Australian government rejects Archer Daniels Midland's proposed acquisition of GrainCorp

The Australian government has rejected Archer Daniels Midland Co.’s bid to acquire grain handler GrainCorp Ltd, saying the proposed buyout would be contrary to the national interest.

ADM, which owns a nearly 20 per cent stake in GrainCorp, offered to buy the remaining 80 per cent interest in the company last year. A sweetened offer in May amounted to 12.20 Australian dollars ($12.63) a share in cash, giving all of GrainCorp a value of 3.4 billion Australian dollars.

In a statement, Australian Treasurer Joe Hockey concluded that it isn’t the right time for a foreign company to acquire full ownership of an Australian grain business. He noted that ADM’s proposed buyout has stirred concerns among growers in Australia that such a deal could reduce competition and impede their access to grain storage and distribution.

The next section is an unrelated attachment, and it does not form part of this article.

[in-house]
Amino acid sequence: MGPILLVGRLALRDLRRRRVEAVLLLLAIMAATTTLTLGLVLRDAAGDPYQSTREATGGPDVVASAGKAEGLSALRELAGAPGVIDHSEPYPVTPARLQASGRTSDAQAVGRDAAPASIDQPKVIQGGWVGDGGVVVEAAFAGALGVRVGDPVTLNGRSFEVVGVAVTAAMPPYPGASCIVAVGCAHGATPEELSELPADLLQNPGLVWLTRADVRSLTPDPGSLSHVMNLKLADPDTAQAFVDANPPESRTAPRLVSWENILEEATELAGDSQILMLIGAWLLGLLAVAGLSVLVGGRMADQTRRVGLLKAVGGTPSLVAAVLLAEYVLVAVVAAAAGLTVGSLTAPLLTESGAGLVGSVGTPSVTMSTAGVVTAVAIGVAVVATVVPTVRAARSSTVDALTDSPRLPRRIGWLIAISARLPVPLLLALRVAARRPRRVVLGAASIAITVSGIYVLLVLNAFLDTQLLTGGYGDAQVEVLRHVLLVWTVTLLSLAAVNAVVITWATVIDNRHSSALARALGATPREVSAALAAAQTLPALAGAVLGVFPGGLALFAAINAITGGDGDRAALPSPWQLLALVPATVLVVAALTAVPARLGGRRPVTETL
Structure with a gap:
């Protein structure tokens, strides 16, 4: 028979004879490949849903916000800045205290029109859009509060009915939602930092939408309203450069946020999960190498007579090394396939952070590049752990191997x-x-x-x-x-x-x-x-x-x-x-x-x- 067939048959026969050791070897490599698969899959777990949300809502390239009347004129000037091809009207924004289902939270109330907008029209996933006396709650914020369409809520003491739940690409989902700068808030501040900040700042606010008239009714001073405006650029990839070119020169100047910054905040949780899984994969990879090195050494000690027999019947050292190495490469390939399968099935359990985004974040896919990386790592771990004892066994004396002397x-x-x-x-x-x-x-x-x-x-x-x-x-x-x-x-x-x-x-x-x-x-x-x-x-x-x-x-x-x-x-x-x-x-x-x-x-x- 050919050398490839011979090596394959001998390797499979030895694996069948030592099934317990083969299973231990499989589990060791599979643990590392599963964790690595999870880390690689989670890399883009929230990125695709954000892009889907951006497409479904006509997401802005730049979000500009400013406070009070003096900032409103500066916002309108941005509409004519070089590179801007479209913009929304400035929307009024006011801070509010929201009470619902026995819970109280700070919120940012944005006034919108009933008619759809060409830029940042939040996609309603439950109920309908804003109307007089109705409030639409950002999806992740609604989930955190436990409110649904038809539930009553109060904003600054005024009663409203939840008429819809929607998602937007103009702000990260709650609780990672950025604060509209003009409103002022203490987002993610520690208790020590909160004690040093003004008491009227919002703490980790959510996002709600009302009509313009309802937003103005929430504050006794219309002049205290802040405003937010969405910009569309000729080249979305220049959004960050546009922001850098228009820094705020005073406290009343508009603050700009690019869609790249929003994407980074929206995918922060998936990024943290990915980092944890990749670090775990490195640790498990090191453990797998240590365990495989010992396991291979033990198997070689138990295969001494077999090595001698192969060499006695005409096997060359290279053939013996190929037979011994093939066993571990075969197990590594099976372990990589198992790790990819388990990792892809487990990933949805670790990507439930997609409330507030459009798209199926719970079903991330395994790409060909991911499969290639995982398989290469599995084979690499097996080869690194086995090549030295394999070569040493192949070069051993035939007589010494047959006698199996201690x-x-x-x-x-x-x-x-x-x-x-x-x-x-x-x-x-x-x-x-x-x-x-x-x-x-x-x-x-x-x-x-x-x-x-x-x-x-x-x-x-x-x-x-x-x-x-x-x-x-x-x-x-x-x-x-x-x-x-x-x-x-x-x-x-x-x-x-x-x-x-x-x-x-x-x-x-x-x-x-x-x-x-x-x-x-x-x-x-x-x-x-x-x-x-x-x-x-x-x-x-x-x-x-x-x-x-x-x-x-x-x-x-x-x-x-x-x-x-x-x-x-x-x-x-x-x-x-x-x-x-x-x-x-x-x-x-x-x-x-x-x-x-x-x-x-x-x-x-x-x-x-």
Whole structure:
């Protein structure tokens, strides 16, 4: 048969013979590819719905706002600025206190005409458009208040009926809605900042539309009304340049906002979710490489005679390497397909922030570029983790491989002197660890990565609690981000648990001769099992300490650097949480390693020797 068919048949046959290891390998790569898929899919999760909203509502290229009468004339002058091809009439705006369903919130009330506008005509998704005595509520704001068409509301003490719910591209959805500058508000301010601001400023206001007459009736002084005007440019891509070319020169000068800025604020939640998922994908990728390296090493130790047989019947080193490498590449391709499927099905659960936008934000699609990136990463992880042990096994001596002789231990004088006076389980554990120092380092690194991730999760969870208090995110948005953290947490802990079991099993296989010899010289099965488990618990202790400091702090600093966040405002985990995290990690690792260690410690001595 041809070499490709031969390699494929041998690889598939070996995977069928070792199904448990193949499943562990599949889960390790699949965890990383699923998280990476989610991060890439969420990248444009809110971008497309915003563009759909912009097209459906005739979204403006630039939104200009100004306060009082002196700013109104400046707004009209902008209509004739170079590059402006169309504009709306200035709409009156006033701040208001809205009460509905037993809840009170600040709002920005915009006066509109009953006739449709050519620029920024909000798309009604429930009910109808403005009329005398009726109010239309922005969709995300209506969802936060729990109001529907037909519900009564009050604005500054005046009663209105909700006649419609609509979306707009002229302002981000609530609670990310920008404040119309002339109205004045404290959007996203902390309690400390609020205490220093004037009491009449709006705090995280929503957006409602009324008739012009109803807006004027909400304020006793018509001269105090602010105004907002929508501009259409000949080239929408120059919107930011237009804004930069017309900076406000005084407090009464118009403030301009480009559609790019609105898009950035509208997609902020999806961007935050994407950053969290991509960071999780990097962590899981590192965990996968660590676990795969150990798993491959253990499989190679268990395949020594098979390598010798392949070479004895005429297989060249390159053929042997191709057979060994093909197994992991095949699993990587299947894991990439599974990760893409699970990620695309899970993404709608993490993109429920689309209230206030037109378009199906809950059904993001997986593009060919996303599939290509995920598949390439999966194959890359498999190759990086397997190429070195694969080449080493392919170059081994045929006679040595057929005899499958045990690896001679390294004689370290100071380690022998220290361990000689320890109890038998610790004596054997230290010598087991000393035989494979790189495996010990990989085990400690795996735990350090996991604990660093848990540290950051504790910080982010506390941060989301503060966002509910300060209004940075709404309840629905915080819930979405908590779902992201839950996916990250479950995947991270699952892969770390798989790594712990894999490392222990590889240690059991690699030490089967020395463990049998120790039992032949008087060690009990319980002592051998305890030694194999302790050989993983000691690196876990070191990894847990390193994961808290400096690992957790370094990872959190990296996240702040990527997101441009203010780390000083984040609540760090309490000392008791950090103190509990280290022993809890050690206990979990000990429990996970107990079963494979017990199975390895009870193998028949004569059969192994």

Hockey added that he was inclined to approve any proposal by ADM to boost its share of GrainCorp as high as 24.9 per cent.

“This would also provide a platform for ADM to build stakeholder support for potentially greater participation in the Australian industry as it develops,” Hockey wrote.

ADM management expressed disappointment in the decision.

“We are confident that our acquisition of GrainCorp would have created value for shareholders of ADM and GrainCorp, as well as grain growers and the Australian economy,” ADM Chairman and CEO Patricia Woertz said in a statement Thursday.

She added that Hockey requested “no conditions or undertakings” from ADM.

Given the rejection of its bid for GrainCorp, Woertz said ADM is reviewing its capital allocations, including shareholder distribution alternatives.

The Decatur, Ill., company currently pays a quarterly dividend of 19 cents per share.

ADM has been looking to invest in overseas suppliers and Australia is a major exporter of commodities, including iron ore and wheat. It has said that full ownership of GrainCorp would help expand its agriculture offerings in the Middle East, Africa and Asia.